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Opinion

Taiwan-Hong Kong solidarity will be a thorn in China's side

Protesters went to Taipei to learn how to run free democratic elections

| Taiwan
Hong Kong protesters hold a banner to ask for the support during Tsai's campaign event in Taipei on Jan. 10: Tsai may come under pressure to provide legal support for Hong Kong refugees in Taiwan.   © Reuters

"Taiwan, let's go! Hong Kong, let's go!" These chants rang out in the streets of Taipei in the hours after Taiwan's President Tsai Ing-wen was reelected in a historic victory on January 11. Tsai's supporters were joined in celebration by visiting Hong Kongers, marching together with five fingers in the air to represent the five demands from the Hong Kong protests.

This growing solidarity between Taiwan and Hong Kong will be a headache for the Chinese Communist Party. In recent months, successive electorates that are claimed by China have exercised their vote in support of an alternative vision to President Xi Jinping's.

First it was the record turnout at Hong Kong's District Council elections in support of pro-democracy candidates. And in Taiwan, it was a presidential election where a record number of voters were convinced by Tsai's anti-authoritarian message.

Beijing has doubled down on its hard line, by imposing restrictions on the ability of Hong Kongers and Taiwanese to interact. Democracy activist Joshua Wong and other senior figures from the political party Demosisto were refused permission to leave Hong Kong to observe the Taiwanese elections. Another, Lily Wong, was arrested at Hong Kong airport on her way to Taiwan for the election.

But the paradox of Xi's China is that attempts to force both Hong Kong and Taiwan closer to Beijing have had the opposite effect and will be a thorn in his side for some time to come.

The paradox of Xi's China is that attempts to force both Hong Kong and Taiwan closer to Beijing have had the opposite effect.   © Reuters

Historically, Taiwan and Hong Kong have little in common. Hong Kong was returned to China in 1997, whereas Taiwan has been technically independent since the end of the Chinese civil war in 1949. Hong Kong was incorporated into China during the Qin Dynasty (221-206BC), but it was almost 1,900 years later, after indigenous, Dutch and Spanish migration and colonization, that Taiwan was first annexed by China in 1683.

Today, Taiwan has transitioned to a robust democracy with direct elections to choose its leaders. Hong Kong, with its legislative council and chief executive nomination committee weighted toward pro-Beijing candidates, has not.

A year ago, Xi reiterated his intention to unify Taiwan and China through the "one country, two systems" framework which now applies in Hong Kong. The majority of Taiwanese already had a long-standing opposition to both unification and one country, two systems, but the Hong Kong crisis that broke out in June 2019 provided an opportunity for Tsai's Democratic Progressive Party to reframe the election campaign as a fight against authoritarianism.

The Hong Kong protests played a role throughout Taiwan's election season. Since the protests started, Hong Kongers have flooded into Taiwan, some seeking refuge from the long arm of the Hong Kong Police Force, others engaging in democracy tourism: visiting Taiwan's election and government headquarters to learn more about democratic politics and campaigning.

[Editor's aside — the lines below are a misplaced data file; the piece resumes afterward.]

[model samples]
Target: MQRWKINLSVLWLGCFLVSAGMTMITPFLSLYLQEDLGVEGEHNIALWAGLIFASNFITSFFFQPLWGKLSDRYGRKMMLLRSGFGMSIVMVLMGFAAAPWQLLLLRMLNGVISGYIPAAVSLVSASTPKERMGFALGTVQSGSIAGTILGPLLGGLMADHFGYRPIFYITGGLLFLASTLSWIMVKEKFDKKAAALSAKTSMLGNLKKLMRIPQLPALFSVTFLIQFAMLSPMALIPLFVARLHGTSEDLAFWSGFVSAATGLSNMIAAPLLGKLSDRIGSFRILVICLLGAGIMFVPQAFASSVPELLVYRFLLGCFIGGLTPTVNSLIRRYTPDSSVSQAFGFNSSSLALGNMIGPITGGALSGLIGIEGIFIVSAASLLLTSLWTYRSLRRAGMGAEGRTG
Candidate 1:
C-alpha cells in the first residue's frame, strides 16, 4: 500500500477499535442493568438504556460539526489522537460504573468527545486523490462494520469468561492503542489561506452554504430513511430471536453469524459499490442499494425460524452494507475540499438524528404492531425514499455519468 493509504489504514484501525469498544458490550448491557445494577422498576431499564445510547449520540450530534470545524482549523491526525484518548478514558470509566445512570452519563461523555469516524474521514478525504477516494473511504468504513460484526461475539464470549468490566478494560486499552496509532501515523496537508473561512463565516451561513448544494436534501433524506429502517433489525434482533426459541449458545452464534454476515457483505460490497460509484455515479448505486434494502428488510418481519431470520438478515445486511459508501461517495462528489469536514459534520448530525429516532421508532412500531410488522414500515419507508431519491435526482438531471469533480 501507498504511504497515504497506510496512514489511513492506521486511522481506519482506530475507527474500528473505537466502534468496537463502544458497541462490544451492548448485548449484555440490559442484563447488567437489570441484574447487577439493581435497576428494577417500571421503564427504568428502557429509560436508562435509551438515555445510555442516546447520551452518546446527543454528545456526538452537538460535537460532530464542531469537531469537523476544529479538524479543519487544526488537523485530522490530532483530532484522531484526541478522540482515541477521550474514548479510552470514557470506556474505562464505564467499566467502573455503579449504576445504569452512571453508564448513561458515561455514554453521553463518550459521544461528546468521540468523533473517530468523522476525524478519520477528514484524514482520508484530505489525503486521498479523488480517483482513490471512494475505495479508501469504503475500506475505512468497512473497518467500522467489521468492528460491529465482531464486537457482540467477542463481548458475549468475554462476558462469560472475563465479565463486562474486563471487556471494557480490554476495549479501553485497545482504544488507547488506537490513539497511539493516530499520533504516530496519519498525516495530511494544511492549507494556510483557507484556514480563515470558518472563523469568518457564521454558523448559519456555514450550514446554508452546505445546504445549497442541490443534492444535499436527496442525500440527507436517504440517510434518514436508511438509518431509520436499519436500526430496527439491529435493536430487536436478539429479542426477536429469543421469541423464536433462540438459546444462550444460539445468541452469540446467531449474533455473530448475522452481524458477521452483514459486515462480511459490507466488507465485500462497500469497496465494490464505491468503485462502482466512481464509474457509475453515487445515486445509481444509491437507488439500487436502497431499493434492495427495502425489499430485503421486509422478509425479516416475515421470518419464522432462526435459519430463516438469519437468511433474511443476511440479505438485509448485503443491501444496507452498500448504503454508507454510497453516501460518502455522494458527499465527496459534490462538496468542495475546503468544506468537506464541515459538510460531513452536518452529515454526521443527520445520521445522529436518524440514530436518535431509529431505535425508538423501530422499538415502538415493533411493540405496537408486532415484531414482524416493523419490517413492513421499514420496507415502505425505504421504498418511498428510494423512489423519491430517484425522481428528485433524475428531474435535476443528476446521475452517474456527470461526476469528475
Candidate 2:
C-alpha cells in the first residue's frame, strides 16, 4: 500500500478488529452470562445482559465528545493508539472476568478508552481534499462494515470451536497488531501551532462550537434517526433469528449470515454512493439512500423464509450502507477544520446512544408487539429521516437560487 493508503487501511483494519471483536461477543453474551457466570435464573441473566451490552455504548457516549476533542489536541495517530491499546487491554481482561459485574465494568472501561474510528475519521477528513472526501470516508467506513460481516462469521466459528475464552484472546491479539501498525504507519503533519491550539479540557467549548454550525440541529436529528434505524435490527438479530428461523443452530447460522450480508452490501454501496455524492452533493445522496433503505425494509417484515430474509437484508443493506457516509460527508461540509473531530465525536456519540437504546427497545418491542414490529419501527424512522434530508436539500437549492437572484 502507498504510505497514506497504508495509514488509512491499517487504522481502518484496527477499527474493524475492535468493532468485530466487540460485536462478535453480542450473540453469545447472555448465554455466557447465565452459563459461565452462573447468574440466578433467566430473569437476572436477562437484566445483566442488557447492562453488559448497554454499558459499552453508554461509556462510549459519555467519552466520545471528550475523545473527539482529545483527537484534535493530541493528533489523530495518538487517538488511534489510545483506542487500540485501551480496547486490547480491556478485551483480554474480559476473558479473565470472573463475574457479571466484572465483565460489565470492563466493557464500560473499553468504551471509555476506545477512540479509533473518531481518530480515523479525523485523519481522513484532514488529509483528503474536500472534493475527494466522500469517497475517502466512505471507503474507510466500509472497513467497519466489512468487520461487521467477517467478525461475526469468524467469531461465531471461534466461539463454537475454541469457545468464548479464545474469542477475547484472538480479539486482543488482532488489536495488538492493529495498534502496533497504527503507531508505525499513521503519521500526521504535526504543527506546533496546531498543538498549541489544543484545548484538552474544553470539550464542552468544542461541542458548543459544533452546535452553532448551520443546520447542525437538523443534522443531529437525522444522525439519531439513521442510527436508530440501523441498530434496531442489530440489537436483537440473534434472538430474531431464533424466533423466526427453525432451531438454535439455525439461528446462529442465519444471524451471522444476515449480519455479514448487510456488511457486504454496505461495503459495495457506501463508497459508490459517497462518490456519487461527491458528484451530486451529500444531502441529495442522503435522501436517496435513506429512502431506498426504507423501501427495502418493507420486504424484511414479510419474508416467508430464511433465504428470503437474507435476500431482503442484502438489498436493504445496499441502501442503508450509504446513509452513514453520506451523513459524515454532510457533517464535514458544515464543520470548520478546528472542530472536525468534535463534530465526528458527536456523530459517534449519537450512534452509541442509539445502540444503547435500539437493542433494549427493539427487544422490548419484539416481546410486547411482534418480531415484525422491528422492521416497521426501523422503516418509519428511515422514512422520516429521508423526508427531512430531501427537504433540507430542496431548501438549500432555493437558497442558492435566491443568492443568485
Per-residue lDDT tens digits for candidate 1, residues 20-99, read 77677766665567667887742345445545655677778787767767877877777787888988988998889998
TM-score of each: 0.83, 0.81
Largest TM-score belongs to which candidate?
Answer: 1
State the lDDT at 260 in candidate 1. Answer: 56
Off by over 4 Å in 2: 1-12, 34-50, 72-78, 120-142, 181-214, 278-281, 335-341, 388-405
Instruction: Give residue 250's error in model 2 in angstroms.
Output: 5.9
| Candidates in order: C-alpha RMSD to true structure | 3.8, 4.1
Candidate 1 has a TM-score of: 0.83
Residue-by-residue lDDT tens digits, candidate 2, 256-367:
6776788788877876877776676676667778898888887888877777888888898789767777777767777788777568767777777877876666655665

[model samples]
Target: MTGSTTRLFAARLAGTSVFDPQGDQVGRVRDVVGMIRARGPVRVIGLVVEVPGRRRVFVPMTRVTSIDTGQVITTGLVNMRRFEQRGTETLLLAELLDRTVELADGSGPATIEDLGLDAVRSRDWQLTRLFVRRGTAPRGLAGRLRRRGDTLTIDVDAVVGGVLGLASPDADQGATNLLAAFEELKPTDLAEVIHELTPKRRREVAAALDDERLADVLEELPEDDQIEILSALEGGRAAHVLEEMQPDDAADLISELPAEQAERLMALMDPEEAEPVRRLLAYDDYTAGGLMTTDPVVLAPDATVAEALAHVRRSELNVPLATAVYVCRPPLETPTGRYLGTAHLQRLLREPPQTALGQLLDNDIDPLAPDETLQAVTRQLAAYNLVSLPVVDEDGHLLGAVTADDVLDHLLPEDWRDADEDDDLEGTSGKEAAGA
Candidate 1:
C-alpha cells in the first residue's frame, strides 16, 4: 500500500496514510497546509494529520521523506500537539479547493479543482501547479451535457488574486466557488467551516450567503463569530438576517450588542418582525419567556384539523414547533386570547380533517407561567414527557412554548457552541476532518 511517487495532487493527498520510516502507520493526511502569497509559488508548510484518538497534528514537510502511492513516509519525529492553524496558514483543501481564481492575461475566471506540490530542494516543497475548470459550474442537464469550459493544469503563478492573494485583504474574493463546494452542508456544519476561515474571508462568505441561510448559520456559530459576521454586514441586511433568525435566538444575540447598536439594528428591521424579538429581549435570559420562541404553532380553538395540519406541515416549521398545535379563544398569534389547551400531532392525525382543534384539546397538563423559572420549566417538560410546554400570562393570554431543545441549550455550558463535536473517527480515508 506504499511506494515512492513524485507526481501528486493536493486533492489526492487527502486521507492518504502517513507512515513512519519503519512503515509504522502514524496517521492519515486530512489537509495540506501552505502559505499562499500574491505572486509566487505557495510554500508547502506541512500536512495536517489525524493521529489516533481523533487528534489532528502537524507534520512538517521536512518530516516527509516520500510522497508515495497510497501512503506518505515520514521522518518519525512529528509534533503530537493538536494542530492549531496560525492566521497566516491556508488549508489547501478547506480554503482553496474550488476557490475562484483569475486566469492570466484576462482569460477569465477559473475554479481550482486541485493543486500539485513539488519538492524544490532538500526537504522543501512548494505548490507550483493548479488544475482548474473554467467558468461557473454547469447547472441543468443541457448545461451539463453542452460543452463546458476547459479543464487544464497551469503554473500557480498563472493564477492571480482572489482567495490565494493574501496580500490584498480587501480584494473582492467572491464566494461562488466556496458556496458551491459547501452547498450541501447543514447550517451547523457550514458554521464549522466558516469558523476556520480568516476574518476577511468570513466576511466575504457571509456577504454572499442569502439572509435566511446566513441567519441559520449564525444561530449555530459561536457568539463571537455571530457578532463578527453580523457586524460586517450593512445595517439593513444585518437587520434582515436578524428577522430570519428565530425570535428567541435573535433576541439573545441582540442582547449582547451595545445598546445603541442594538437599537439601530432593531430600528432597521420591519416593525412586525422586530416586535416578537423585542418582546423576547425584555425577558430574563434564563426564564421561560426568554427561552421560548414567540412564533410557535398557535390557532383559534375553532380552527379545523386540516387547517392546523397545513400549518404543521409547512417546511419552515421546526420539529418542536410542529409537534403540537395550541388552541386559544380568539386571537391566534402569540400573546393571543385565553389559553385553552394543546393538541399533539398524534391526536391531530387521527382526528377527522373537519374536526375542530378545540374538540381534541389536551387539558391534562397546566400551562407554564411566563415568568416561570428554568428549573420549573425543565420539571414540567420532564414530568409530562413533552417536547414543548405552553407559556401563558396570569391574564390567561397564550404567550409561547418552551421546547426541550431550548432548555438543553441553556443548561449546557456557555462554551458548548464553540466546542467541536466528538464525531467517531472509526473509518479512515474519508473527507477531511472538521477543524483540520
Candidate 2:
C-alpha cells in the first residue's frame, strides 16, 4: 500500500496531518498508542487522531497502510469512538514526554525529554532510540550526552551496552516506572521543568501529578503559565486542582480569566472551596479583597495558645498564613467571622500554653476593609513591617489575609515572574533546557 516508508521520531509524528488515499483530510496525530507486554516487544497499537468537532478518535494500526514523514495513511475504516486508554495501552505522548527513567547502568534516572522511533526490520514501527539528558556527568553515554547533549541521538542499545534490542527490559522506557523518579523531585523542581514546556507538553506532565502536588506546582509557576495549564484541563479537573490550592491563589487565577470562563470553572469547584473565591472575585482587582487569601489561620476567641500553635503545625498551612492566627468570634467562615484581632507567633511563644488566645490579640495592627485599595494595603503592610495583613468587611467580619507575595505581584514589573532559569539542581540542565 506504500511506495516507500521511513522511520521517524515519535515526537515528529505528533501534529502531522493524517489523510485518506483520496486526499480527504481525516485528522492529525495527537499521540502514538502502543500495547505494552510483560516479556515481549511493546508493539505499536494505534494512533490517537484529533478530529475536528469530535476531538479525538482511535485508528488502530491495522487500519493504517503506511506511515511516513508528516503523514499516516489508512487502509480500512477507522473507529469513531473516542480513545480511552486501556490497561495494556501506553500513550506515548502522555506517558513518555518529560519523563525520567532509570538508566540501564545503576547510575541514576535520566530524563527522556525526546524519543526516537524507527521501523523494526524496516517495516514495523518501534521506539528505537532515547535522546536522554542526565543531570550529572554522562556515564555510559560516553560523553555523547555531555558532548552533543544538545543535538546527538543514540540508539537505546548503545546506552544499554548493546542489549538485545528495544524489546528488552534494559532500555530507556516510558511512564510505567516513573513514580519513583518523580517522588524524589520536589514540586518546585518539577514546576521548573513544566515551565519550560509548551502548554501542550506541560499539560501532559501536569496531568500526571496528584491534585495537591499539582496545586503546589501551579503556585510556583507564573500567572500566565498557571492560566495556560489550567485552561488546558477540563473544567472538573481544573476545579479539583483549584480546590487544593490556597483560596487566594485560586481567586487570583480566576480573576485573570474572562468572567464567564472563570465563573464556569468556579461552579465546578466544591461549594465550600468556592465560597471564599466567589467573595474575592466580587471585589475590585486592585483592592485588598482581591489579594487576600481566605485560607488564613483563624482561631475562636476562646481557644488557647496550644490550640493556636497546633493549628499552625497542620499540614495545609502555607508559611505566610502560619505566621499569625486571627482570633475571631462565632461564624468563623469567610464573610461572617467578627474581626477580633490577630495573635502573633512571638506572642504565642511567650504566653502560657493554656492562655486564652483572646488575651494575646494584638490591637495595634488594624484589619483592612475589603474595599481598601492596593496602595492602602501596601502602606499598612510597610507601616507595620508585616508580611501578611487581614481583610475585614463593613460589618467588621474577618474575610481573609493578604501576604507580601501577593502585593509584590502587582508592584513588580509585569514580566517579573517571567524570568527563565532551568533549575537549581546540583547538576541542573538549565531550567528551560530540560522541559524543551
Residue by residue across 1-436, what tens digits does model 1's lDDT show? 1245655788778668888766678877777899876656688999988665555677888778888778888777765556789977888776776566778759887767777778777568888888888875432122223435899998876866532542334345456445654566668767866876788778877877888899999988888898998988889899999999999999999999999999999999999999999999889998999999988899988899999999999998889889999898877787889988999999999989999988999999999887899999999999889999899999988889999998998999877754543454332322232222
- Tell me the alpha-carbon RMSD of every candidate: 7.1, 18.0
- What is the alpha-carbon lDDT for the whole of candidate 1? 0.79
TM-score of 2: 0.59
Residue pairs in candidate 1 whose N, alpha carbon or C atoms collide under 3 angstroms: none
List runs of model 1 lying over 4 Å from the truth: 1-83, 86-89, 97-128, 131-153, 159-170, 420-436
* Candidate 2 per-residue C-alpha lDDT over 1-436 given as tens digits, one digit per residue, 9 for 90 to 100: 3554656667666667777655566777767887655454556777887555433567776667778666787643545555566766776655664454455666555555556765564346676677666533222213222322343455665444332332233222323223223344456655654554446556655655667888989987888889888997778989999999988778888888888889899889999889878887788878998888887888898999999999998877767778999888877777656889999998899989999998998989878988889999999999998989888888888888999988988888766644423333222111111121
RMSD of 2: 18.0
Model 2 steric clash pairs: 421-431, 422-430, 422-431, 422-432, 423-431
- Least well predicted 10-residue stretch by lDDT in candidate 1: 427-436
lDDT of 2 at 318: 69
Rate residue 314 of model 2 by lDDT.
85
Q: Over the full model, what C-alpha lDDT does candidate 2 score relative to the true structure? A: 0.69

The day after Tsai was reelected, she posted on Instagram a photograph of a "Liberate Hong Kong" black flag. "Over the last six months, many young people from Hong Kong have been holding signs and flags across Taiwan to remind Taiwanese people about what's taking place in Hong Kong," Tsai wrote. "On the night before the election, I said the world is watching Taiwan defend our fortress of democracy. Friends from Hong Kong, did you bear witness?"

Another campaign video from Tsai compared Taiwan's peaceful life with that of Hong Kong over the last six months, generating hundreds of thousands of shares across social media platforms. "I cried after watching the video," wrote one Hong Konger on YouTube. "I hope you can safeguard the free and democratic lifestyle in Taiwan."

The success of Tsai's approach is demonstrated in part by the number of people who split their ballots in the election, with many Taiwanese voting for Tsai but not the legislative candidates or parties endorsed by her.

Now that the dust is settled on the election, Tsai may come under pressure to provide legal support for Hong Kong refugees in Taiwan. Demosisto's Jeffrey Ngo said: "Hong Kongers know that under Tsai Ing-wen's administration, they won't be sent back to Hong Kong if they decide to flee to Taiwan... The DPP has already done so much for our movement and I think the reelection of Tsai has been an inspiration for us."

Xi's abject policy failures have not prompted a rethink in Beijing: the domestic pressures to appear tough on Hong Kong and Taiwan are a far higher priority than readjusting ineffective policy. The knee-jerk official responses to Tsai's reelection closely mirrored language used about the Hong Kong protests, with officials frequently resorting to blaming foreign forces for the unrest.

If Beijing remains indifferent to wave of public opinion shifting against it in both Taiwan and Hong Kong, it will have to get used to the rallying cry of the past six months: "Today's Hong Kong, Tomorrow's Taiwan."

Natasha Kassam is a Research Fellow with the Diplomacy and Public Opinion Program at the Lowy Institute in Sydney. William Yang is the East Asia Correspondent for Germany's DW News.

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